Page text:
Apollo Magazine

Libya’s threatened ancient history, and why you need to know about it

Here's what we stand to lose if Libya's heritage cannot be protected.

The theatre at Lepcis Magna in 2010. Photo: Maggie Gray

Libya has been in the news in recent months as fears increase over the safety of its extraordinary heritage. The country’s treasures – like those of Syria and Iraq – are little known in Europe, but their loss would be a major blow to our shared cultural history. We asked Susan Walker, President of the Society for Libyan Studies, to introduce the most significant sites.

Libya’s modern name echoes the ancient Greek term for north-west Africa. It is the fourth largest country in Africa, bordering Egypt, Sudan, Chad, Niger, Algeria, Tunisia and the Mediterranean Sea.

Lepcis Maga in 2010. Photo: Maggie Gray

This vast land, populated today by only six million people, hosts a complex and distinguished history. Afro-Asiatic Berber tribesmen have lived in Libya since remote prehistory. Three coastal cities – Lepcis, Oea (Tripoli) and Sabratha – were established by Phoenician traders from the Levant, who had developed a major regional centre at nearby Carthage in Tunisia by the 5th century BC. Phoenician (Punic) heritage remains a feature of Libya’s cultural heritage. Sabratha, with impressively restored Punic and Roman buildings, lies to the west of the modern capital Tripoli. Tripoli’s name reflects the Greek term for three cities; this name was also given to the Latin-speaking Roman province of Tripolitania.

Libya produced a Roman emperor, Septimius Severus (r. AD 193–211), who achieved power in a dazzlingly orchestrated military coup, only to succumb 18 years later to the damp climate of York. Severus adorned his home city of Lepcis – now called Magna (‘the Great’) – with a grandiose set of public buildings decorated with Greek marbles. Extensively excavated and restored in the 20th century, Lepcis Magna (also known as Leptis Magna) is the most impressive urban complex to survive from the Roman empire.

View of the Sanctuary of Apollo at Cyrene Photo: Professor Susan Kane, University of Oberlin

Eastern Libya was colonised by the Greeks in the 7th century BC on the advice of the oracle of Apollo at Delphi. The Gebel Akhdar (Green Mountain) and adjacent coast supported five cities, with a capital at Cyrene, named after a lion-slaying nymph. Reflecting its origins, Cyrene is Delphi transposed to Africa, set in rugged terraced hills 600m above the sea. Its inhabitants used an archaic, Doric dialect of Greek, and retained into late antiquity a passion for their remote past. Despite a glittering career at Constantinople and Alexandria, the Cyrenaican Bishop Synesius (AD 373–c.414) wrote with affectionate longing for his homeland, awaiting burial amongst his ancestors in their Doric tombs. Beneath the modern city of Benghazi lie the ancient cities of Euesperides and Berenice. To the south lies Ajdabya, a Roman town endowed by the Fatimid caliphate with an important mosque and palace in the 10th century.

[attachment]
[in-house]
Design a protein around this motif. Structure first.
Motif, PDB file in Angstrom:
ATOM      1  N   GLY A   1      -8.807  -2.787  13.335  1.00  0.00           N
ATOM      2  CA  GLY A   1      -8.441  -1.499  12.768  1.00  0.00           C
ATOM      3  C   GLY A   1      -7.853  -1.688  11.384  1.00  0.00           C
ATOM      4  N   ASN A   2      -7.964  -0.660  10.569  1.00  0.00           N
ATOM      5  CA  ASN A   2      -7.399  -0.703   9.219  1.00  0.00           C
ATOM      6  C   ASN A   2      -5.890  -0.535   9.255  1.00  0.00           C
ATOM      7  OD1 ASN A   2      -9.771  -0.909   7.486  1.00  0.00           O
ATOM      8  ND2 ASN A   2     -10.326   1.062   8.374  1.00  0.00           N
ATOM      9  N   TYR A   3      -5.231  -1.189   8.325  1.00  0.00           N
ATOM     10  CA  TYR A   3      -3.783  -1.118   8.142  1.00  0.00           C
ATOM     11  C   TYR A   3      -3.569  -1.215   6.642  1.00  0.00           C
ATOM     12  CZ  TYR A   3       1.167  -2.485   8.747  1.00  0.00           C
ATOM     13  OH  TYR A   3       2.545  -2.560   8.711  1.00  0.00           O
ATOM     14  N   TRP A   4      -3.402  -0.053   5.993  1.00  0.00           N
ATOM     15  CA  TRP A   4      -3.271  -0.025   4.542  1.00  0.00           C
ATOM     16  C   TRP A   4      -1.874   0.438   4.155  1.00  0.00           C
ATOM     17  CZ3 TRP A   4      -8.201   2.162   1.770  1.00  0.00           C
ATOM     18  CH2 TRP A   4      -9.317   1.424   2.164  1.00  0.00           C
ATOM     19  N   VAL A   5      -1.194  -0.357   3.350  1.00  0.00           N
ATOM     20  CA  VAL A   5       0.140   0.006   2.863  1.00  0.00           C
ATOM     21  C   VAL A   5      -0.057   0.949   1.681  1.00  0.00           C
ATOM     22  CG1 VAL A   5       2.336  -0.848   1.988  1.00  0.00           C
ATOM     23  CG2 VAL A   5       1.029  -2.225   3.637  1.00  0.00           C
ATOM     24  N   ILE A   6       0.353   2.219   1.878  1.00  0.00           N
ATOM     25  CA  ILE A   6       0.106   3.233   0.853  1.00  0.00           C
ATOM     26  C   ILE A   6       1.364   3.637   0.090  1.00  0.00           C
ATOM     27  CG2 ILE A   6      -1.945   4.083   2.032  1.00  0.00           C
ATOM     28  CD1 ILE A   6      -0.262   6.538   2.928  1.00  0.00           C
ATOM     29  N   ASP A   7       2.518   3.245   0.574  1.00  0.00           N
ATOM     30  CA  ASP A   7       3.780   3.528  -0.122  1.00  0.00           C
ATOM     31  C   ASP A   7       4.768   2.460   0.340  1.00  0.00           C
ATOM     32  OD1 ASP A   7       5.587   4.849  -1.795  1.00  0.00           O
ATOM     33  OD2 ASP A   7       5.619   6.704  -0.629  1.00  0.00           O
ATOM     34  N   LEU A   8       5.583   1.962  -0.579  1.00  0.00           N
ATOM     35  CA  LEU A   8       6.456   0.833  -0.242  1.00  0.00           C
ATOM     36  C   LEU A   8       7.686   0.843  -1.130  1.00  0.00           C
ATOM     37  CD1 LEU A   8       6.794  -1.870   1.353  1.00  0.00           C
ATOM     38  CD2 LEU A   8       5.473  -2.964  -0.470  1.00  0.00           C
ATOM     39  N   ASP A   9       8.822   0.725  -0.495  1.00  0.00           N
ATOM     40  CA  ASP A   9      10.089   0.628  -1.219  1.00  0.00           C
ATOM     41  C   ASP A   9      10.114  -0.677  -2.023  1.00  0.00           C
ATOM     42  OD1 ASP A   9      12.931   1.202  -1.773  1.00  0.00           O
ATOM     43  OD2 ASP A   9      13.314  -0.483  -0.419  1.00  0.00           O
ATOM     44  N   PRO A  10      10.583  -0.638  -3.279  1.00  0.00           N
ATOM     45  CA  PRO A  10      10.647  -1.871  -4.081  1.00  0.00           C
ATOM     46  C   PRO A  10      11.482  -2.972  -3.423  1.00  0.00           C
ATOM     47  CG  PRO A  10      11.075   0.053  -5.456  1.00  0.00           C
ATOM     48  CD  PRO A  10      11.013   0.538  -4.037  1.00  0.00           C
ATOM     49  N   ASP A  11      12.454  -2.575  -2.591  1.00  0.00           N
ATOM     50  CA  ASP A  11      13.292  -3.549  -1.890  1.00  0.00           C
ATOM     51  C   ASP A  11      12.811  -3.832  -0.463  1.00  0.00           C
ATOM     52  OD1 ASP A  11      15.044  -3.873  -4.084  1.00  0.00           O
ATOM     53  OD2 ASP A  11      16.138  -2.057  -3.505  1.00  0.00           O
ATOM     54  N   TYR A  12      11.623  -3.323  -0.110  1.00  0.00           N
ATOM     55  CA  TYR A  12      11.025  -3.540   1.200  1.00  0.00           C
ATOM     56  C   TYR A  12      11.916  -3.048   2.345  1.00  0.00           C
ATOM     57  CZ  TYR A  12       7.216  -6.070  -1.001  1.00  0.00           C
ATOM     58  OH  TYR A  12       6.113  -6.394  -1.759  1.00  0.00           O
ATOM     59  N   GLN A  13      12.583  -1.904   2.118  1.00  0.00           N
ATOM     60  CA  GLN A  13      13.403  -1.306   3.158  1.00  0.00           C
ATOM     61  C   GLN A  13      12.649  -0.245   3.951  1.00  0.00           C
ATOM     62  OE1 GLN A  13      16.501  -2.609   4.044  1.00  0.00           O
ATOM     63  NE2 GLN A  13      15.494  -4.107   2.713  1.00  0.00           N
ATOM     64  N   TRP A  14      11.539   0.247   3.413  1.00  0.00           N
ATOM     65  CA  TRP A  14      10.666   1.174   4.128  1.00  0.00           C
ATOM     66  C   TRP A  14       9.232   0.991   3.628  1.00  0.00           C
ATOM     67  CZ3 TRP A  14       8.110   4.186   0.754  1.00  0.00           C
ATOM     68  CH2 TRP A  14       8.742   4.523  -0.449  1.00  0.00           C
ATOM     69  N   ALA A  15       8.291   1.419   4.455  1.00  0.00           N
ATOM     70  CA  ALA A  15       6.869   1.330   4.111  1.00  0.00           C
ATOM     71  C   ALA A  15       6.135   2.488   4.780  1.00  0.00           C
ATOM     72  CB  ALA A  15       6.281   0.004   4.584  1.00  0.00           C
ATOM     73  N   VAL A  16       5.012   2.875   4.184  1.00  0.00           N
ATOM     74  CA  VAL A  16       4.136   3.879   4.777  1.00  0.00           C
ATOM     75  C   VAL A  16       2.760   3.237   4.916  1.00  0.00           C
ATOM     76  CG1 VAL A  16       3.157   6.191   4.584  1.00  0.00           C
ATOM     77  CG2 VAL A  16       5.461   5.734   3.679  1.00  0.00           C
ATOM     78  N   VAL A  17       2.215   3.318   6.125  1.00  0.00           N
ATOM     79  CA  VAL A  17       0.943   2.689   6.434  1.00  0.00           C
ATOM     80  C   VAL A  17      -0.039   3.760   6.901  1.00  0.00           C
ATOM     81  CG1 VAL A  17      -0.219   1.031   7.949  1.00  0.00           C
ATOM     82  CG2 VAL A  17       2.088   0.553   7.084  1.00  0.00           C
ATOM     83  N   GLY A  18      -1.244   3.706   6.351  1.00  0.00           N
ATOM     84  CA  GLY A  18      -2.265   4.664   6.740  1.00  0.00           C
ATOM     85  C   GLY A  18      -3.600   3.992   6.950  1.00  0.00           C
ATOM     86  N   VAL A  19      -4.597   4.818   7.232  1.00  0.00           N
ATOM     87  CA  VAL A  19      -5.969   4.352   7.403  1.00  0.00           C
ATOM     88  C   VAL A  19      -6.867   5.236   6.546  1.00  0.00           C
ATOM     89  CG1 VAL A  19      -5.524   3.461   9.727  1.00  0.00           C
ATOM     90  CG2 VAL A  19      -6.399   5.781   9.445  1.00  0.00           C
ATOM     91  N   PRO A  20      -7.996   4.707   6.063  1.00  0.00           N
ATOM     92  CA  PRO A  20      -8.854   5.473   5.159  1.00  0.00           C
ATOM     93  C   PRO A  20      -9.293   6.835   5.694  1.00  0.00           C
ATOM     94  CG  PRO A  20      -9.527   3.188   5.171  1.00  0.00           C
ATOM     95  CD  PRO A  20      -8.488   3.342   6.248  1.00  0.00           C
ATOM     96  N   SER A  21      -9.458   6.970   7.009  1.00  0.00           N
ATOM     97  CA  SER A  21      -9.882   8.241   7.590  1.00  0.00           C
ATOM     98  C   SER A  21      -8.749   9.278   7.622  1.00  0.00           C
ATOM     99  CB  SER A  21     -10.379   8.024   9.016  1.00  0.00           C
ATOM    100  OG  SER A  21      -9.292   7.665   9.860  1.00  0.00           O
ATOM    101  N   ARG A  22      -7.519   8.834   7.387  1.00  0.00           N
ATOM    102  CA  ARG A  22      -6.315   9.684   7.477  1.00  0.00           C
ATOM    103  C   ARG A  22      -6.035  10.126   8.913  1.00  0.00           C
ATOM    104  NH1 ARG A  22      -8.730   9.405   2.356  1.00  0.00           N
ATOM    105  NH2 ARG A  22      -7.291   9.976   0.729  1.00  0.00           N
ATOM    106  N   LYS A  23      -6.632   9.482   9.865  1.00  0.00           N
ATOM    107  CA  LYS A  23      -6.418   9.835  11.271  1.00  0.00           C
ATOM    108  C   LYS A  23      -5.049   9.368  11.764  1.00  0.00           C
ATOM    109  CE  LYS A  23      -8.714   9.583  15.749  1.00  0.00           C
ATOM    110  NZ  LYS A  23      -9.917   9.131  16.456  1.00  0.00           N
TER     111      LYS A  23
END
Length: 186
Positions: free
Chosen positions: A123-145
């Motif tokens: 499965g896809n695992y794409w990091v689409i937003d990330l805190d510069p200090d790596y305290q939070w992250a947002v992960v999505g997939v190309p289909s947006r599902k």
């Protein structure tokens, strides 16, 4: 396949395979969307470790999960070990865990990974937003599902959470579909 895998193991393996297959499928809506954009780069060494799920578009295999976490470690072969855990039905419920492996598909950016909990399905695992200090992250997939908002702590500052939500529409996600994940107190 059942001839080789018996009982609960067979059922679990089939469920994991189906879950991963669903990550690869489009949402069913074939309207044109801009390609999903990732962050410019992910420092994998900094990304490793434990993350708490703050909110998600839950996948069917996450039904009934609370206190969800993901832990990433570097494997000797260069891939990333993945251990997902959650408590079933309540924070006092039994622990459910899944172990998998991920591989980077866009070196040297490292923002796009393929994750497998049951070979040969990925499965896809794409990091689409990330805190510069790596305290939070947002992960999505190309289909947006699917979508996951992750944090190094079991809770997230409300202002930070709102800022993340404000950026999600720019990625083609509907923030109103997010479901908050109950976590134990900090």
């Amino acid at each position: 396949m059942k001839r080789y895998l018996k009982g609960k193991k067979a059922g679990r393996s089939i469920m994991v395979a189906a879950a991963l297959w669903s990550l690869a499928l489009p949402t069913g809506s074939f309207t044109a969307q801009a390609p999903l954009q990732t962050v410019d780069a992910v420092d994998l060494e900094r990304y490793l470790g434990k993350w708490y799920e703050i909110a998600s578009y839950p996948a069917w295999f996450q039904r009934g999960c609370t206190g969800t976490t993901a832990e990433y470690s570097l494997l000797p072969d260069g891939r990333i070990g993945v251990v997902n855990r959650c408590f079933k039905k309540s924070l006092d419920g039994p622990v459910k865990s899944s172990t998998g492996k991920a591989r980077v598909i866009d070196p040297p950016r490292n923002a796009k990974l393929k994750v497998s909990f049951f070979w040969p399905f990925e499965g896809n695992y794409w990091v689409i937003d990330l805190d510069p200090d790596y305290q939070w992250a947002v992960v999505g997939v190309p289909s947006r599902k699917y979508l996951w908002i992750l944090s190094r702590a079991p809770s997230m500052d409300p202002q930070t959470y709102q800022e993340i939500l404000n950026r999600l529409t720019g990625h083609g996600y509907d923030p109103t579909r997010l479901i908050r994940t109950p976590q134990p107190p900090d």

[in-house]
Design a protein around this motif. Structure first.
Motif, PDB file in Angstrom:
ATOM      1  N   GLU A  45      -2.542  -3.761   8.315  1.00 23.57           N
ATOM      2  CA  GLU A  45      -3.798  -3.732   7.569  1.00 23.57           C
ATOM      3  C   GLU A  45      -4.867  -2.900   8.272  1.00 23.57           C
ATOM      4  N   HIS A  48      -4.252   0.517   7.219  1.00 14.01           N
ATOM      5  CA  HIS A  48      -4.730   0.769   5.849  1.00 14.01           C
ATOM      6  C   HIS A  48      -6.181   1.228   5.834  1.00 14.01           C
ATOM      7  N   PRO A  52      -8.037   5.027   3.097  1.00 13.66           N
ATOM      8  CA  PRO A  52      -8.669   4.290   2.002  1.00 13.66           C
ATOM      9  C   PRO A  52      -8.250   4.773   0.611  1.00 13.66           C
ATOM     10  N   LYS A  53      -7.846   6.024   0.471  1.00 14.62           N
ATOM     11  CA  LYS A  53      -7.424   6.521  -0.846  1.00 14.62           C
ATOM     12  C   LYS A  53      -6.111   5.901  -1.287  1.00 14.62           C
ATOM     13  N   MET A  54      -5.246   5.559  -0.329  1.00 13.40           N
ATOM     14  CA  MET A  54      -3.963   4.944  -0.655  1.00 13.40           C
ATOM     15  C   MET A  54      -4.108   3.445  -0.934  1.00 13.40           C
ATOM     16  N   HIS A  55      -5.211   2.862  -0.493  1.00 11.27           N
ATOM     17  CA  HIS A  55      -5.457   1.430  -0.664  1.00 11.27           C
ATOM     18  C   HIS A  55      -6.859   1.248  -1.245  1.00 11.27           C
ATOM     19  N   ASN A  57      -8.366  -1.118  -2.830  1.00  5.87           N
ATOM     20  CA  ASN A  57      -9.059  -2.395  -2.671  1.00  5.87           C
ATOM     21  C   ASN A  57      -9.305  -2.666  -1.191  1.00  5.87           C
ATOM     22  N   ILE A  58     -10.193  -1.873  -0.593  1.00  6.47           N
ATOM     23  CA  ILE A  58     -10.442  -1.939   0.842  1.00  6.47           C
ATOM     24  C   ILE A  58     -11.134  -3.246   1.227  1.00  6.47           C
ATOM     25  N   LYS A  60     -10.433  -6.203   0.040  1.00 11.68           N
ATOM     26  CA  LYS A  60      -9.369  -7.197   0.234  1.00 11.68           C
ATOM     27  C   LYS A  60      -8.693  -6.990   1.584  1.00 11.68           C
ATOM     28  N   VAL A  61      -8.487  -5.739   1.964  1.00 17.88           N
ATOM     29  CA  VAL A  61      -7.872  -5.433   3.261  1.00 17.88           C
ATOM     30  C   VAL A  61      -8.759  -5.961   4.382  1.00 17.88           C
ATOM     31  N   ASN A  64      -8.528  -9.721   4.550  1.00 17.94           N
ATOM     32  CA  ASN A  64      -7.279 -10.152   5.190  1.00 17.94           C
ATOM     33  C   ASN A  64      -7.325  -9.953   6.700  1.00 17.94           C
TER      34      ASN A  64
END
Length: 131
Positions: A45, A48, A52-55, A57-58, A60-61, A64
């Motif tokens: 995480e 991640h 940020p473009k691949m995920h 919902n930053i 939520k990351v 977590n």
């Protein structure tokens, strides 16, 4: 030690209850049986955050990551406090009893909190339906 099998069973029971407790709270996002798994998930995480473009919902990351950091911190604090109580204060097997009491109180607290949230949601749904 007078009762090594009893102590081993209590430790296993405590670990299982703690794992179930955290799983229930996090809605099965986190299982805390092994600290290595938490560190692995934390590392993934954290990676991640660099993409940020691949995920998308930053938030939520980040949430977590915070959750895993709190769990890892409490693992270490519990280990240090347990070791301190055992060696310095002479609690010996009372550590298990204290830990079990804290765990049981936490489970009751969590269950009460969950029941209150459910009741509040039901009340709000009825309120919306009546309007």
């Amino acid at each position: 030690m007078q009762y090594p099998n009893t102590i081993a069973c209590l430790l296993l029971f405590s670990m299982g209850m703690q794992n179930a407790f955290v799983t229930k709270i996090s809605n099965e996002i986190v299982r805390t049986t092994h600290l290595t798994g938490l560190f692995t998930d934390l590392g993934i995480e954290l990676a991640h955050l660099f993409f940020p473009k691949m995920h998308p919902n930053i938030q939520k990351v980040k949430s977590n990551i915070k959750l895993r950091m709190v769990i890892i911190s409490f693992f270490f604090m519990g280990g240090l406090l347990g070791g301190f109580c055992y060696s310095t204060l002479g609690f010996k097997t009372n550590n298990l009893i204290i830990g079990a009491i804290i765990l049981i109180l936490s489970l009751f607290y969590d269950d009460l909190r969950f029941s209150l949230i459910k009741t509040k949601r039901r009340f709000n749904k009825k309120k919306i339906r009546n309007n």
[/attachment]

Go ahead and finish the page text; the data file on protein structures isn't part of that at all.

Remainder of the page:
Networks of trade linked ancient coastal Libya to the oases of the Sahara, which supported vibrant communities. At Germa in the Fezzan, the Berber Garamantes built pyramid tombs. Gadhames in western Libya preserves even today the traditional way of life of the Berber tribes who, despite much instability and resettlement, form the core of the modern population.

Faceless statue of Persephone rising from the underworld. This figure once adorned a tomb at Cyrene (c. 350-150 BC) SLS/Cassels archive 2014.0029.

Dr Susan Walker is President of the Society for Libyan Studies, Honorary Curator (formerly Sackler Keeper) of Antiquities at the Ashmolean Museum and Emerita Fellow of Wolfson College, University of Oxford. She is currently co-directing a project Libyan Antiquities at Risk, developing a reference website of funerary sculpture from Libya, much at risk of trafficking on the illegal antiquities market.

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